For optimal growth, Bugleweed (Ajuga reptans 'Atropurpurea') prefers partial shade to full sun. Ideal spots are under dappled light of open trees or on the east side of a structure where it gets morning sun and afternoon shade. Too much sun can cause the leaves to scorch, whereas too much shade can lead to leggy growth and poor flowering.
Bugleweed thrives best in temperatures between 60°F and 75°F but can survive minimum temperatures down to around -20°F and can handle summer highs up to about 90°F. It is winter hardy in USDA Zones 3 to 10. Consistent temperatures within the ideal range promote vigorous growth and flowering.
Prune Bugleweed in late winter or early spring to remove any dead or damaged foliage and to maintain its appearance. Pruning may also be necessary to control its spread in the garden, as it can become invasive. Pruning right after flowering can stimulate a second bloom and helps to prevent self-seeding.
Bugleweed (Ajuga reptans 'Atropurpurea') thrives in well-drained soils rich in organic matter, with a pH range from 3.5 to 6.5. To create the best soil mix, combine two parts garden soil, one part peat moss, and one part perlite or coarse sand to promote drainage and aeration. Regularly adding compost can help maintain soil fertility.
Bugleweed rarely needs repotting as it is a ground cover plant which spreads through stolons. Instead of repotting, it is typically divided or thinned out in the garden to control its spread or rejuvenate crowded clusters. Repotting or dividing should be done in the spring or early fall if necessary.
- Humidity & Misting
Bugleweed is not particularly humidity-sensitive and adapts to a wide range of outdoor humidity conditions. It is important to ensure good air circulation around the plants to prevent fungal diseases, particularly if they are grown in a more humid climate or environment.
- Suitable locations
Place in indirect light and water when top soil feels dry.
Plant in part shade, keep soil moist, mulch, and space 15cm apart.
- Life cycle
Bugleweed 'Atropurpurea' begins its life as a seed, which upon germination, gives rise to small seedlings. The seedlings develop into juvenile plants with characteristic deep purple leaves. As the plant matures, it forms a dense foliage mat through vegetative propagation, mainly stolons which spread horizontally and root at intervals. During the blooming stage, it produces spikes of blue to violet flowers in late spring to early summer, attracting pollinators. After pollination, the flowers develop into tiny nutlets that disperse to form new plants. In the fall, the foliage may die back, but the plant remains perennial, regrowing from the root system each spring.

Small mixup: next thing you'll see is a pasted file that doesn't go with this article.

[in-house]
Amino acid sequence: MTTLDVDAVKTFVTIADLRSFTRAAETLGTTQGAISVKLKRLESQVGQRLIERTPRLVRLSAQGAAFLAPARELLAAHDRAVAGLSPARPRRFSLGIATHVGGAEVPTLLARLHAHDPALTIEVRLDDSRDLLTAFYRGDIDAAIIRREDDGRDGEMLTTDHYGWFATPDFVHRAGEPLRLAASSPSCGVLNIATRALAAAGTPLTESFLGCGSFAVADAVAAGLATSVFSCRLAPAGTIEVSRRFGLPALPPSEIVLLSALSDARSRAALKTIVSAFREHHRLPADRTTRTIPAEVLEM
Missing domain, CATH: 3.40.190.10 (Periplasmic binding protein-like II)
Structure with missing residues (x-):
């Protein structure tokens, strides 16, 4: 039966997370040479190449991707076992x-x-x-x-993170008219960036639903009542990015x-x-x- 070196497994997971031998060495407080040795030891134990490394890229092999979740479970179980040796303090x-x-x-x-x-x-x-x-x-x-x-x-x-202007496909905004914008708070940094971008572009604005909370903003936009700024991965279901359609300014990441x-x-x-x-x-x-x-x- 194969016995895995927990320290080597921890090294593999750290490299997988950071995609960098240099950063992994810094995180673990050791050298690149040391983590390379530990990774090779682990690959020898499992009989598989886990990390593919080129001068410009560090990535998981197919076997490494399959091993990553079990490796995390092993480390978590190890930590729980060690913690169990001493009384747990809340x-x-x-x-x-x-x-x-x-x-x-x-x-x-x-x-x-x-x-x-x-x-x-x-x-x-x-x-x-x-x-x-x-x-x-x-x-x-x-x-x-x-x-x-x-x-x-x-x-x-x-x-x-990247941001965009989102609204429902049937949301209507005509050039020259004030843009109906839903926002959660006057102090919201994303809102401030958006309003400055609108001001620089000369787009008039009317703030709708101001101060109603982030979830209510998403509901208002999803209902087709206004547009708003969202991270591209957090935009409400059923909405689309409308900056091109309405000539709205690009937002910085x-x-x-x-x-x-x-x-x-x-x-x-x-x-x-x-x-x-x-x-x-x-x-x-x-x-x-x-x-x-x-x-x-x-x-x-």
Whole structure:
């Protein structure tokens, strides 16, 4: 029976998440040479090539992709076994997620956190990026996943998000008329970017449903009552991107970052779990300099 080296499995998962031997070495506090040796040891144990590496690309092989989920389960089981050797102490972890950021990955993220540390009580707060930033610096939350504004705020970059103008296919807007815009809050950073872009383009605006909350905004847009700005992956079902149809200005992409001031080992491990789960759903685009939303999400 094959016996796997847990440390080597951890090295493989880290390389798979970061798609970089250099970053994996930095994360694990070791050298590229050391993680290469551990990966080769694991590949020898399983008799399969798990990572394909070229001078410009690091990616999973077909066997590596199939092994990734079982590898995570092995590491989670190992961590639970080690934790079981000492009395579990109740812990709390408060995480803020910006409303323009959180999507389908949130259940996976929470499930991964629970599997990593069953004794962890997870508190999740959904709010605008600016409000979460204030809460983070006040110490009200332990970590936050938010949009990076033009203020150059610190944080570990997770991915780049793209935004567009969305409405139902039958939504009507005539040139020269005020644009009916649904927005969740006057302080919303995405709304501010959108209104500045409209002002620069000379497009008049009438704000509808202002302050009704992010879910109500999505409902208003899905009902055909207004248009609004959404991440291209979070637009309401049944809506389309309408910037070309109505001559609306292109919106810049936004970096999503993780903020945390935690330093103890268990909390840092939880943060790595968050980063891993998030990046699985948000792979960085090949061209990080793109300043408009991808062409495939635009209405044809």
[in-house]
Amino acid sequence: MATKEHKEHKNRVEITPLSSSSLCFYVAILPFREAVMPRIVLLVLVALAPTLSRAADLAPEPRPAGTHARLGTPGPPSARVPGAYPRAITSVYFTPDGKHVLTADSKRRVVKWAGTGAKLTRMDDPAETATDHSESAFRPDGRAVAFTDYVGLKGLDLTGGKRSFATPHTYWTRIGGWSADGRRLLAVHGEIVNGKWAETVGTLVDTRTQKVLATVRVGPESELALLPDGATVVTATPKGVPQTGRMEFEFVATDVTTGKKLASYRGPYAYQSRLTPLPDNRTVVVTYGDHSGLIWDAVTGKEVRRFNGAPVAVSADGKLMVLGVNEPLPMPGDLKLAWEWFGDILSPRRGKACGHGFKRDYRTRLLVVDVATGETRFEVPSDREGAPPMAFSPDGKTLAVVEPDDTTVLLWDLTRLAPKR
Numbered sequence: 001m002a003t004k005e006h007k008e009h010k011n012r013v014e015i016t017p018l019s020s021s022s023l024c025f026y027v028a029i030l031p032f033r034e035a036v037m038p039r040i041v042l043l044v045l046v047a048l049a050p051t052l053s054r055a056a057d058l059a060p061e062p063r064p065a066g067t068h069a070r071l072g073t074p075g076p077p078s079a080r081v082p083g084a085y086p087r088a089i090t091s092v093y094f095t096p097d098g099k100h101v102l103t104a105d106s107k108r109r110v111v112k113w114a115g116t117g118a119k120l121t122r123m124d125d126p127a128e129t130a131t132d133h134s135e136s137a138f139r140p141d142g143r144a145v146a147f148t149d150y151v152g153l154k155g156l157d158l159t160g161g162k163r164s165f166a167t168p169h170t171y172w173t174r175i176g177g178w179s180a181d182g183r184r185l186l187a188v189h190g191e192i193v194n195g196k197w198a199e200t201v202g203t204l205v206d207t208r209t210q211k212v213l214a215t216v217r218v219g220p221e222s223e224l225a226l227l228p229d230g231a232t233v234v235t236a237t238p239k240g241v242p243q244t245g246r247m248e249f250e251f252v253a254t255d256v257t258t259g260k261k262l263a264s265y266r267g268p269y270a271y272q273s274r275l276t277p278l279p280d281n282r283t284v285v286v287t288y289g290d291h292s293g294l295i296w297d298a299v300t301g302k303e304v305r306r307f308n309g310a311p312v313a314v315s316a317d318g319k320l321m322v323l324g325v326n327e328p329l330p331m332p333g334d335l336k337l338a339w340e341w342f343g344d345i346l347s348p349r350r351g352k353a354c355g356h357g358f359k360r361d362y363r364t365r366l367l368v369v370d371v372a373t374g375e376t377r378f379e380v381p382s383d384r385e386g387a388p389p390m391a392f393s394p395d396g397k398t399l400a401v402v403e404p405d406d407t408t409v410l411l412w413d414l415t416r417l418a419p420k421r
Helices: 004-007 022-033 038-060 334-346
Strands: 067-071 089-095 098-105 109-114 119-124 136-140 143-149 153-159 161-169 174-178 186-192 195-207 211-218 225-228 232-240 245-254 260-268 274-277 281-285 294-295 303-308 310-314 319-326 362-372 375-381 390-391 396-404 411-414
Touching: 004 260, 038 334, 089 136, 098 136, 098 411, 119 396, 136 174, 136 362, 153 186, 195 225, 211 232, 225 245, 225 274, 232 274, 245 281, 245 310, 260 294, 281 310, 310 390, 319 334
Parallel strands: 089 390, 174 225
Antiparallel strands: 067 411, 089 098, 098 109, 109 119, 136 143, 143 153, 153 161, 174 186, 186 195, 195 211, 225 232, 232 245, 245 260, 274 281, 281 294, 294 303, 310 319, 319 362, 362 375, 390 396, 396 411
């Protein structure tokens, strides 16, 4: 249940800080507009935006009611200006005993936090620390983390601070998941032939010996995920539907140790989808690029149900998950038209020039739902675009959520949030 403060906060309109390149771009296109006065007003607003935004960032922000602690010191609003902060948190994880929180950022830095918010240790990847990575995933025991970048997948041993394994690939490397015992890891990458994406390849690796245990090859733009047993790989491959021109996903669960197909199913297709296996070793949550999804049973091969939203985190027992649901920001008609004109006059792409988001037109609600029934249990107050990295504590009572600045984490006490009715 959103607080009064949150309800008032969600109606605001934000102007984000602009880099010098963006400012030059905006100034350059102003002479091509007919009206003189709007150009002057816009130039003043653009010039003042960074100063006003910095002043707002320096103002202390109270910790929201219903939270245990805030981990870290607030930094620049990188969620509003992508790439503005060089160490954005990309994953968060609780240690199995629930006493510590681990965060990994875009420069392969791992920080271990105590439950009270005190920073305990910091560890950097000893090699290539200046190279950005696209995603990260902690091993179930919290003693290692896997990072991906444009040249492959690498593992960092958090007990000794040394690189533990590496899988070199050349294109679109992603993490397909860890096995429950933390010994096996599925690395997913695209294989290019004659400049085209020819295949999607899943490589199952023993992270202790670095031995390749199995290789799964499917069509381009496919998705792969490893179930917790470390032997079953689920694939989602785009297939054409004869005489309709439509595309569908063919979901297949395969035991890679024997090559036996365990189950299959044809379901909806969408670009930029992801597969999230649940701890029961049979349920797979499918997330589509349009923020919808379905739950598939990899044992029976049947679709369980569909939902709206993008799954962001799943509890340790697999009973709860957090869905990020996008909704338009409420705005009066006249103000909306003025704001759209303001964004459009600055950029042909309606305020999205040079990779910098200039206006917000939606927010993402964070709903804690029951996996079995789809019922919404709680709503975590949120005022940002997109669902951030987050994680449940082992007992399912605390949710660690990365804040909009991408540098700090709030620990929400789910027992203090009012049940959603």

Spring to early summer
Propogation: Ajuga reptans 'Atropurpurea', commonly known as Bugleweed, is best propagated in the spring or early fall. The most popular method of propagation for this plant is by division. To propagate by division, gently lift a clump of the plant from the ground using a garden fork or shovel, ensuring a good amount of roots are attached to each section. Separate the clump into smaller sections by hand or with a knife, each containing several shoots and a portion of the root system. Replant these divisions immediately into prepared soil at a similar depth to how they were originally growing, spacing them about 12 inches (approximately 30 centimeters) apart to allow for spreading. Water the new plantings thoroughly to settle the soil around the roots and eliminate air pockets. This method allows for a quick and effective way to expand your patch of Bugleweed or to create new patches in different areas of the garden.